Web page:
The DB Cooper Music Festival
"Just give me the music, and no one gets hurt."
Exit 104 Media and the Weekly Volcano join forces with twelve local business sponsors to bring this one day outdoor music festival to Olympia on the grounds of the Medicine Creek Winery in Nisqually. Taking its name from the fictional moniker of the suspect from the notorious and still unsolved 1971 Portland-Seattle skyjacking case, the festival will feature performances by several local, regional and national rising stars in different musical genres.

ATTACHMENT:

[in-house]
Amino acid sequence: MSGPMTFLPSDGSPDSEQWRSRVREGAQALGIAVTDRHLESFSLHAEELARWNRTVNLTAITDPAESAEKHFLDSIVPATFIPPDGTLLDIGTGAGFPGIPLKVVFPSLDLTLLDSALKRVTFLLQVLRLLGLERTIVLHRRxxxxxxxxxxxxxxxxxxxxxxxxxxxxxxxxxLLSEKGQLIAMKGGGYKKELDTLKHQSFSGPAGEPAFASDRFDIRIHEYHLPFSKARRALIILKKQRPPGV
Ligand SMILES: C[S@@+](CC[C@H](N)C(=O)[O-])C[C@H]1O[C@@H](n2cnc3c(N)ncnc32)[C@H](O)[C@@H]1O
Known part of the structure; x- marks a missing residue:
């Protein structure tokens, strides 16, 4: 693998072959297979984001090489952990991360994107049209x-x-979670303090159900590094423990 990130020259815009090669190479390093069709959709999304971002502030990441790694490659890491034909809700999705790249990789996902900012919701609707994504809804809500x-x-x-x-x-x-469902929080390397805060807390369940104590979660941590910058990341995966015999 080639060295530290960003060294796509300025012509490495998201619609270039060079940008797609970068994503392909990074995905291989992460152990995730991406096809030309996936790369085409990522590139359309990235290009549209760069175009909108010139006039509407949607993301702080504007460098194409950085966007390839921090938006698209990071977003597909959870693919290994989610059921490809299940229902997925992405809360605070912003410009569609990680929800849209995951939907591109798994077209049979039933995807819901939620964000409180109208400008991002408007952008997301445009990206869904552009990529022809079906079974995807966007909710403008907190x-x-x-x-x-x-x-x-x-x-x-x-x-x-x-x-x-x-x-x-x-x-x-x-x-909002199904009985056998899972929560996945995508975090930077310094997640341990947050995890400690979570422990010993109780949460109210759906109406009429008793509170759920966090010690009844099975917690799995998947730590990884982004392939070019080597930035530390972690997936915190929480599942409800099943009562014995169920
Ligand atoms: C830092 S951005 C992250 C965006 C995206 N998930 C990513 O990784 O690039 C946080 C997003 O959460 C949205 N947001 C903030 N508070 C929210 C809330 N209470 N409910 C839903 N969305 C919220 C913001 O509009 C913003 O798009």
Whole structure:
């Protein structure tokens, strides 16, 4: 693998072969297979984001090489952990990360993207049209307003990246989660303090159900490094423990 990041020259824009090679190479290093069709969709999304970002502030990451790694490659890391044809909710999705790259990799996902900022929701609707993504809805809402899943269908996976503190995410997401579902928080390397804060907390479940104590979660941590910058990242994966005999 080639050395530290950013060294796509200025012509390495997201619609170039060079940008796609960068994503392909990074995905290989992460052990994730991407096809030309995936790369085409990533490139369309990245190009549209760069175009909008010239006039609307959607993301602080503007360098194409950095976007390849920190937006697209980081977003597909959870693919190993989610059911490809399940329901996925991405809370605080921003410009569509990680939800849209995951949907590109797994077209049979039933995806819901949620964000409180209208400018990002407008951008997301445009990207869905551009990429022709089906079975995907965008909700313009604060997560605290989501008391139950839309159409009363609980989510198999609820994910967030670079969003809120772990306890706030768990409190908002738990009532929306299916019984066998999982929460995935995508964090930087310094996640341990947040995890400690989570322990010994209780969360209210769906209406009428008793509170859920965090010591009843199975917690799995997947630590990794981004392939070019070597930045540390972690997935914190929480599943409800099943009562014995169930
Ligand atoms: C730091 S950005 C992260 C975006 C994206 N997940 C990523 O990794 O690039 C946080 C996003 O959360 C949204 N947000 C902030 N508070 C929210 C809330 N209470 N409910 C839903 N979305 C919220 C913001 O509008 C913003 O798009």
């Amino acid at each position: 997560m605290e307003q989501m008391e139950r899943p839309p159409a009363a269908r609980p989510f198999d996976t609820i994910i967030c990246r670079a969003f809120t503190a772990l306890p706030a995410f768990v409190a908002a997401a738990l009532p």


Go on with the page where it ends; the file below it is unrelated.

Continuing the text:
Clay Swafford, visiting from Alabama, released his debut CD Rooster on the Olympia-based Lost Cause Records label in April and quickly became the talk of the blues world, the album debuting at number 17 on national blues charts and earning rave reviews from blues publications all over the country as well as getting a Critic's Choice nod from the USA Today and being dubbed by Downbeat magazine "one of the best blues albums in years." Featured in the boogie-blues piano documentary Falsifyin' with Jerry Lee Lewis, Marcia Ball and the late PineTop Perkins, Swafford was already recognized as being among the top boogie blues piano players in the world. The release of the recording has solidified that position, his album release concert at Morgan Freeman's Ground Zero Club in Clarksville, Mississippi in May drawing not only a huge crowd of blues enthusiasts but many of the best blues musicians in the world, including Grammy winners and seven Handy Award winners. Swafford will be joined by legendary guitarist Billy Flynn, a fixture on the Chicago blues scene for four decades. Their performance will make up the evening portion of the festival program, tickets for which are being sold separately or as part of a full festival pass. Longtime local favorite Mudcat will open the evening show with a blend of acoustic blues and Americana.